Photo by Sean Hawkeye
I was delighted to join the latest youth climate strike in Brighton on Friday. Hundreds of young people gathered at Churchill Square with their brightly painted posters and banners, demanding that their fears for the future are heard, and that politicians and decision-makers take urgent action to tackle the climate crisis before it’s too late. They’re right to be concerned. The Intergovernmental Panel on Climate Change is very clear: we need to halve global emissions in the next decade if we’re to have any hope of avoiding the collision course we’re on with climate catastrophe.
Later in the afternoon some Dorothy Stringer pupils attended my weekly surgery to deliver a stack of letters written by many of those who made the decision to miss lessons and take part in the strike.
Each letter explains why the student chose to take this action, with many detailing their hopes and fears for the future, and very importantly, the need for young people to be heard because it’s their future that is at stake.
The movement, sparked by the action that Swedish activist Greta Thunberg began, is inspiring to see. The momentum is building, and as a politician and campaigner who has tried to get governments to wake up to the urgency of the climate threat for many years, I’m so encouraged and impressed that young people in Brighton and Hove, as well as elsewhere, are so passionately refusing to remain silent and so determined to force change.
The strike at Churchill Square was a high profile mass action by a group of people coming together to make a difference – and they are. In contrast, the letters from Dorothy Stringer students are much more individual and personal, and I have been moved by many.
I’ve made clear my commitment to the students I’ve met with today, both at the strike and at my surgery, that I will continue to do all I can to make change happen. Parliament has now declared a Climate Emergency - but words alone are not enough. Urgent actions need to follow - business as usual is not an option. That means that the Government needs to stop promoting the expansion of aviation, forcing fracking on local communities, and shutting off support for onshore wind and solar, and instead introduce a Green New Deal - a 10 year transformation of the economy, with a major investment in green energy and energy efficiency, greener transport options and sustainable agriculture. I will do my best to ensure that messages from the letters I’ve received, and from the strike today, are heard loud and clear in the House of Commons, so young people get the political leadership they deserve.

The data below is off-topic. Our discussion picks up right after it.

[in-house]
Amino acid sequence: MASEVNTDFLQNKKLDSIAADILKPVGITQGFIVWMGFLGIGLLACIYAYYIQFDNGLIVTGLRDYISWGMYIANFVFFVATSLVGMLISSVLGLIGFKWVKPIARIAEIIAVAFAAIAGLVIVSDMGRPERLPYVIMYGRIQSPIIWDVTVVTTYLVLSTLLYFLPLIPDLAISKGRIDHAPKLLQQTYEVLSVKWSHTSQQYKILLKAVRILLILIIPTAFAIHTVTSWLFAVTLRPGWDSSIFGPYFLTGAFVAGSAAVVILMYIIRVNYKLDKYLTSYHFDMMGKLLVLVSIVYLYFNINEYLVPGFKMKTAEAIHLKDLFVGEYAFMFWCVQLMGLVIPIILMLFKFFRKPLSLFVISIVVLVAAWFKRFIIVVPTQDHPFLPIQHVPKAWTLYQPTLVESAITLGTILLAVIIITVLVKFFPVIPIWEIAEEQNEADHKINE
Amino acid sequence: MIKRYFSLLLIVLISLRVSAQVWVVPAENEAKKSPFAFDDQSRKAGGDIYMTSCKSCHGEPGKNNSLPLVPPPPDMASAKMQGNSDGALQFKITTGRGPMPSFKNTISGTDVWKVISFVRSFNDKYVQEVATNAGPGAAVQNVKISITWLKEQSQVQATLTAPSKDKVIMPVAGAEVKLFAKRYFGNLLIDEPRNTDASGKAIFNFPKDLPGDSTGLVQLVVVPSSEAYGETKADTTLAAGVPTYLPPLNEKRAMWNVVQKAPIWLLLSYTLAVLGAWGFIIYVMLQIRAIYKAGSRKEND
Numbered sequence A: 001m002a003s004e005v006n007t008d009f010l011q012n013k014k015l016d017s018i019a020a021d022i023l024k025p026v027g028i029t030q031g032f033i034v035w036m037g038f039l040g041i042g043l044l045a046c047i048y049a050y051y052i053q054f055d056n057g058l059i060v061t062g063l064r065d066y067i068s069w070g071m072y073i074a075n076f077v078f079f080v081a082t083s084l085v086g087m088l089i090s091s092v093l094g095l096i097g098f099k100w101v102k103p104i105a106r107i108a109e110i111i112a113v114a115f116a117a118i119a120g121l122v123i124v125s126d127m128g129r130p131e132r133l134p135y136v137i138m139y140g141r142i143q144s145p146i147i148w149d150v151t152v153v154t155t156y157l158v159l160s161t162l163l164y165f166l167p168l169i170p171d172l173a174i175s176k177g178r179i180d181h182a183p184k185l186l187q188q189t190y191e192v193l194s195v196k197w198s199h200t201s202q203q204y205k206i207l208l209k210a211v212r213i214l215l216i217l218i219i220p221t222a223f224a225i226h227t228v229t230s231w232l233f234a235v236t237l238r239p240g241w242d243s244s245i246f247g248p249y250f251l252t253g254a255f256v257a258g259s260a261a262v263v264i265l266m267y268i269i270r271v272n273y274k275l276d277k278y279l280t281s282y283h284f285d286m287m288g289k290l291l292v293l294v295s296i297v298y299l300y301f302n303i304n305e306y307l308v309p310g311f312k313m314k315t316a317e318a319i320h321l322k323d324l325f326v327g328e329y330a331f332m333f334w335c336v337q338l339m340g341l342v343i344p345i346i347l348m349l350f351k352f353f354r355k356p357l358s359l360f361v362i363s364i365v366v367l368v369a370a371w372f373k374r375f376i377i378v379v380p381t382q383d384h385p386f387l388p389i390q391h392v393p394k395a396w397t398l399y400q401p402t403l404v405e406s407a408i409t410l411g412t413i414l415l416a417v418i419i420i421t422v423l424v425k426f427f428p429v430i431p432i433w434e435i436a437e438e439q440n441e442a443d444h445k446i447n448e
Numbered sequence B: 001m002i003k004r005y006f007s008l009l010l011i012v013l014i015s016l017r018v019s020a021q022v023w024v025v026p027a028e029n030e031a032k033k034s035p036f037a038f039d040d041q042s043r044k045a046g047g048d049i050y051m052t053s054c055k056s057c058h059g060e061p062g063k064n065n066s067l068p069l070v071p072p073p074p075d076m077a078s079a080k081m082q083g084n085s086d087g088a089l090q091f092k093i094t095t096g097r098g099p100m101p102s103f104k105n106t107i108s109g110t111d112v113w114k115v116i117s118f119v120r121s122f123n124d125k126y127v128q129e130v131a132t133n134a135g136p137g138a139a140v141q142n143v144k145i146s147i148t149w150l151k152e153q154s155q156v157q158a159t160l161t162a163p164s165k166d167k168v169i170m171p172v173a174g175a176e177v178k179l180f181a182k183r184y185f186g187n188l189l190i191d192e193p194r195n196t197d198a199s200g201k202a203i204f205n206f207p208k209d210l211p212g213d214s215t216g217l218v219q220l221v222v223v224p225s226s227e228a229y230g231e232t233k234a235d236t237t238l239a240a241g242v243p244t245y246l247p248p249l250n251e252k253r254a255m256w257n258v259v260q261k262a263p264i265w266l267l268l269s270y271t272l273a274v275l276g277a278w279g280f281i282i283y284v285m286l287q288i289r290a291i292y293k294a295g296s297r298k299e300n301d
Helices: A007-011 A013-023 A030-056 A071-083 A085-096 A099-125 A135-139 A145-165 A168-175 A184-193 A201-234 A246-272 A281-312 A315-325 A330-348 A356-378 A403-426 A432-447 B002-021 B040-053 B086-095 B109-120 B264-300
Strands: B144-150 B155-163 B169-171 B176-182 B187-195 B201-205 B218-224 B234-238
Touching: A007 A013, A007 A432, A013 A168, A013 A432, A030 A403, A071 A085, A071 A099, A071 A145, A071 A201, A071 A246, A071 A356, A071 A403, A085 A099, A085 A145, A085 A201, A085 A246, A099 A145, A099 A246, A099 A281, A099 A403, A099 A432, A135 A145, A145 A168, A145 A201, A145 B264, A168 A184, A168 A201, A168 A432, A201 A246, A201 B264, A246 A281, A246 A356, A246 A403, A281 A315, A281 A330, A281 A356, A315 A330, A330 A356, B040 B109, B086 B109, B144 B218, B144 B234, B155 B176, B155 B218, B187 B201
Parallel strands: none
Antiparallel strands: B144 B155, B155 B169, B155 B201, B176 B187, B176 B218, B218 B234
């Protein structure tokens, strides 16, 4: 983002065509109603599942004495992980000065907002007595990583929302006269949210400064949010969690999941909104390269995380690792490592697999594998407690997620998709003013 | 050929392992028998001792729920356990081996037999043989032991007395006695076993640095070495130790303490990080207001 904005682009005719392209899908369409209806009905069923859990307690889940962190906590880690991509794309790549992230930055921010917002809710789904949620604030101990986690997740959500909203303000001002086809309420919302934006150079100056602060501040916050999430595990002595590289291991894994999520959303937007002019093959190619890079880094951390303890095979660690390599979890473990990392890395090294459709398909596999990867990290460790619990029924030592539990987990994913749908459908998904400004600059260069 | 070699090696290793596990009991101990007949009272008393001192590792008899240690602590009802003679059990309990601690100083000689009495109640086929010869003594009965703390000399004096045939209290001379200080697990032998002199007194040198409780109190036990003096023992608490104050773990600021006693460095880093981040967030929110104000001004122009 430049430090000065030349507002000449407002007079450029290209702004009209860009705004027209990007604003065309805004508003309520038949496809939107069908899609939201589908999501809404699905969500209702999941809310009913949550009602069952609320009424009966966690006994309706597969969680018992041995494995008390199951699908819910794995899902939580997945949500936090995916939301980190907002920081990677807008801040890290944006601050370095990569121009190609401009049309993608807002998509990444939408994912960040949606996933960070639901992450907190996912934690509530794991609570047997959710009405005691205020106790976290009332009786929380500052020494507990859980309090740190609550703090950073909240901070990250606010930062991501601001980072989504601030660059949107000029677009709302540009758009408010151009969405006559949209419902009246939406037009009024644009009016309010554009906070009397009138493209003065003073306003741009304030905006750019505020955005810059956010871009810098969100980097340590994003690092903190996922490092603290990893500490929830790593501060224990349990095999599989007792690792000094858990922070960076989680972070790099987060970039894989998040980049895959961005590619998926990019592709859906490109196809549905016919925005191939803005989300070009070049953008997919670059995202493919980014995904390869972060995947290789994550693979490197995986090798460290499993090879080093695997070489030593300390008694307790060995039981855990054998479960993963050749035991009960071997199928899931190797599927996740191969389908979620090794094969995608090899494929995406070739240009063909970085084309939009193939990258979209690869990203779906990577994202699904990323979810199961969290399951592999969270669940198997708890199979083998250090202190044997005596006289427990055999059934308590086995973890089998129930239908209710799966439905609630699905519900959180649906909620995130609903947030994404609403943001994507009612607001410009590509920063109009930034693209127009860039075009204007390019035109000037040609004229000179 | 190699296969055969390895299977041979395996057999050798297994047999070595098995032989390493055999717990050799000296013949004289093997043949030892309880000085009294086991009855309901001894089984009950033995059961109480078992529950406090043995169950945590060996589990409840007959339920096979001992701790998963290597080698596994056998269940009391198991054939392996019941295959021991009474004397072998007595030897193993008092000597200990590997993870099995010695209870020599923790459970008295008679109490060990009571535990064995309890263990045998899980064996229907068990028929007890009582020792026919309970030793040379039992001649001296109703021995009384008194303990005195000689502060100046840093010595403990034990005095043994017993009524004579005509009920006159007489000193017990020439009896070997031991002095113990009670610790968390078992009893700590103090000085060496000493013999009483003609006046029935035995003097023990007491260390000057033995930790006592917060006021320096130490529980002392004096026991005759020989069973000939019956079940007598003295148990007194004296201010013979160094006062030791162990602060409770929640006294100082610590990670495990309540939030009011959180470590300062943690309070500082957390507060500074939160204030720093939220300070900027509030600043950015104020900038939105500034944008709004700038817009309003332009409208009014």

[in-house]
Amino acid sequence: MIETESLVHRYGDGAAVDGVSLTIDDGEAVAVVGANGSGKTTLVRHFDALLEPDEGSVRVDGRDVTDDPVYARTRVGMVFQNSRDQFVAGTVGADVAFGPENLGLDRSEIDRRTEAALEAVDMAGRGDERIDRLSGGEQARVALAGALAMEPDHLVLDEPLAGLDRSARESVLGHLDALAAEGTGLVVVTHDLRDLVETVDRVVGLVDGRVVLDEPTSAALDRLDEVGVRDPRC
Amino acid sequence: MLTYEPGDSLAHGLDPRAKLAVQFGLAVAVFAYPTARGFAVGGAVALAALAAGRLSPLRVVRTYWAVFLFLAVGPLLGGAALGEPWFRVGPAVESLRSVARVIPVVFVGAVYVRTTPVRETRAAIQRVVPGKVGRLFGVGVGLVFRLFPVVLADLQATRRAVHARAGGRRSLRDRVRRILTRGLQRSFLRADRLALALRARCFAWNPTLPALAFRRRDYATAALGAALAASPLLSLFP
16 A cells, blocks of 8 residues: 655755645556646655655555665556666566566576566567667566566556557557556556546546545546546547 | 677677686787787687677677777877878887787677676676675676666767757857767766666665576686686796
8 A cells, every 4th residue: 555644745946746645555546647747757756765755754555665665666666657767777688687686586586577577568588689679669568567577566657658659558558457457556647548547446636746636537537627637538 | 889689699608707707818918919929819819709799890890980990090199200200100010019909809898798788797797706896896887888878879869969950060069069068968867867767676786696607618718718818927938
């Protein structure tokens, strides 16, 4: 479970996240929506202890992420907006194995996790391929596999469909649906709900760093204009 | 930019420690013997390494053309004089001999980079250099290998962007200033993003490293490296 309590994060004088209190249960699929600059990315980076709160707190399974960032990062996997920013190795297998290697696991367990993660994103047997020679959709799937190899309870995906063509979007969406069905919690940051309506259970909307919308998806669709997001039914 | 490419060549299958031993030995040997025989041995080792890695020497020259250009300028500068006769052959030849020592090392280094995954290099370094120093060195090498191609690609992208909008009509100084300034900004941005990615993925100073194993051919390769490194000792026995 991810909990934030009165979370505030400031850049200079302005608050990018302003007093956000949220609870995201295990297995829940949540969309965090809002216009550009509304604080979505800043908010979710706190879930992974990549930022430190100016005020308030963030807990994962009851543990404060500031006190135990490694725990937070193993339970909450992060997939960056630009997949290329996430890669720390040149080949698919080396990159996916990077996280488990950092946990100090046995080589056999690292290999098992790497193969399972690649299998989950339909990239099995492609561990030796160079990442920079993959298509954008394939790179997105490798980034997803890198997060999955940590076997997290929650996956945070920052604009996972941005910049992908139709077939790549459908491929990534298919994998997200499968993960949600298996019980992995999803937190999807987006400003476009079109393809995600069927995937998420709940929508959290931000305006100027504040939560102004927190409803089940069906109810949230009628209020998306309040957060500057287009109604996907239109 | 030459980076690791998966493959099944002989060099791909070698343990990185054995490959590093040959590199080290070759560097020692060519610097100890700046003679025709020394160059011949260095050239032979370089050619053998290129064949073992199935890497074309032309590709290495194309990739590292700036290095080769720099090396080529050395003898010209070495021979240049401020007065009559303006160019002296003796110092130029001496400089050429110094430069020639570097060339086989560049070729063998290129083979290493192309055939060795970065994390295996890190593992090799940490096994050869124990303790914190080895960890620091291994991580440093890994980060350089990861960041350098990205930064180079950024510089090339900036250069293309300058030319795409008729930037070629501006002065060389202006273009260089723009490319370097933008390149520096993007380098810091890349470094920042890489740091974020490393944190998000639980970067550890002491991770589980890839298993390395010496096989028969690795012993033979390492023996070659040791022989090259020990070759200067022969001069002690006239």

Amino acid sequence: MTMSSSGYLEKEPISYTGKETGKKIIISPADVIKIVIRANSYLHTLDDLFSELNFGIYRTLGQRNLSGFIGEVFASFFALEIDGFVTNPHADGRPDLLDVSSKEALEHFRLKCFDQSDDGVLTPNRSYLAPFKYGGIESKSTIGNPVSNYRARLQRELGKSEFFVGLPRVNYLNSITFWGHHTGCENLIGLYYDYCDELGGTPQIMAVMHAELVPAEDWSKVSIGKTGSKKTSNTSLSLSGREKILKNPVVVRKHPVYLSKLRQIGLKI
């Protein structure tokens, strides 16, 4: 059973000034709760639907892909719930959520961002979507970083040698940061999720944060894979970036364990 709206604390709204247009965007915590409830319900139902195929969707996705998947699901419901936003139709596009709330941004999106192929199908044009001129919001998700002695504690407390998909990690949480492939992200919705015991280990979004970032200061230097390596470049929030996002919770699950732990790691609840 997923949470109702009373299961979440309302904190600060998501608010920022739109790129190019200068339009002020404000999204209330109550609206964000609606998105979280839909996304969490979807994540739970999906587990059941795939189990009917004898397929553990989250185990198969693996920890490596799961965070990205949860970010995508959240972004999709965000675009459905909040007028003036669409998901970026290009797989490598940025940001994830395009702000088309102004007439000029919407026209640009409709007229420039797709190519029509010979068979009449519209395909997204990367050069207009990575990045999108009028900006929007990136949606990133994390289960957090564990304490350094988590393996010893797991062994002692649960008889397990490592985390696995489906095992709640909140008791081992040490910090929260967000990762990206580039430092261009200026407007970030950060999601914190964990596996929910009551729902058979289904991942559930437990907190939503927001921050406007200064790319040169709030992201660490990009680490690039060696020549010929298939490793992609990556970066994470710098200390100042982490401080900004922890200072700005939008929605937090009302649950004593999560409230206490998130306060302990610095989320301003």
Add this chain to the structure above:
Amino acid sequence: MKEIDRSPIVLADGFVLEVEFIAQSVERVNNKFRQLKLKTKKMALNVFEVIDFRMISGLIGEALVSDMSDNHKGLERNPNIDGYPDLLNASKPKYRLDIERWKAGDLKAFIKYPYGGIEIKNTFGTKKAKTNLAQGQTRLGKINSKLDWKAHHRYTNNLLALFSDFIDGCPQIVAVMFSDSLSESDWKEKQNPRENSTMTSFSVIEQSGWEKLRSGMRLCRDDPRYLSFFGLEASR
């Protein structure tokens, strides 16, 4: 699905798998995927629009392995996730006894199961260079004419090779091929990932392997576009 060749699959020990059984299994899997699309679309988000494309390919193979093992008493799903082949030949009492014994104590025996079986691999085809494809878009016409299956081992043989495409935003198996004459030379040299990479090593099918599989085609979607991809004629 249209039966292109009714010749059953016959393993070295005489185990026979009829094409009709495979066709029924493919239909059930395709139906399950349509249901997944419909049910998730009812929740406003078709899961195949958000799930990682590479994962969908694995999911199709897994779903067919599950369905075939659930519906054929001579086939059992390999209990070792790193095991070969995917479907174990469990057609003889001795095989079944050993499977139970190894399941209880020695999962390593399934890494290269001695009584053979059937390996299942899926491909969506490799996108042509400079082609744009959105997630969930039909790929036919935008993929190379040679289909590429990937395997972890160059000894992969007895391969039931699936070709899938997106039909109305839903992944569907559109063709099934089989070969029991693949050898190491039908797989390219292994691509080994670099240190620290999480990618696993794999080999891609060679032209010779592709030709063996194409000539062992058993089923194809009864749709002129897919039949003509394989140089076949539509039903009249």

Copied below are quotes from some of the many letters I received from Dorothy Stringer pupils today:
This is our future they are jeopardising.
I’m very worried about future generations not having a world to live on just because old generations not opening their eyes and acting on some of the most deadly situations that we’ve ever faced.
I want it to be my generation to be the ones who saved the planet.
I am very worried about pollution because I love animals and in particular sea creatures and we are destroying them through too much plastic getting into the sea, trapping animals such as crabs in plastic cups, turtles getting wrapped up in plastic fishing rope and fish ingesting micro plastics which are now getting into our food chain as well. It needs to stop.
I would like to create a future where all the damage happening right now stops and we start to respect and take care of our planet.
I would like all politicians to hear our voice, respect our action and not question our motivation.
I made the strong choice to miss school on so that I could attend the strike over climate change protest on Friday because I believe that we are ruining planet Earth and causing climate increase by living the privileged lifestyles we lead.
I thought that if I attended it would help create a bigger movement to let my generation live a longer life.
I want to fight for my future.
I do not want to see any more animals go extinct due to human activities.
It can’t be called a crisis if we don’t treat it like one.
I want to be able to live on a healthy planet, I want to worry about normal teenage things, like my education and friendship problems, discovering who I am as an individual. That does not include having to deal with taking power of a situation because the people in power can’t.
It is only by being disruptive that we can get anyone to pay attention.
At this moment in time I am trying to do my best to do what is best for the earth.
I would like people to change their lifestyle so that in the long term it will have a positive effect on our planet, for example, I would love it if people were to all have solar panels if they can afford it, and if they can’t, they should be provided by the government.
I am very worried about how ignorant some members of parliament can be and how inconsiderate the people that we place in power are about the environment.
The government need to pay more attention to my generations future world.
I am very worried about growing up in a world where the damage is irreversible because the government didn’t try hard enough or pay attention.
I would like the people in power to try harder.
As a planet we need to put all the effort that is humanly possible into turning this train wreck around. We cannot keep denying and ignoring the facts that are metaphorically and literally right in front of us!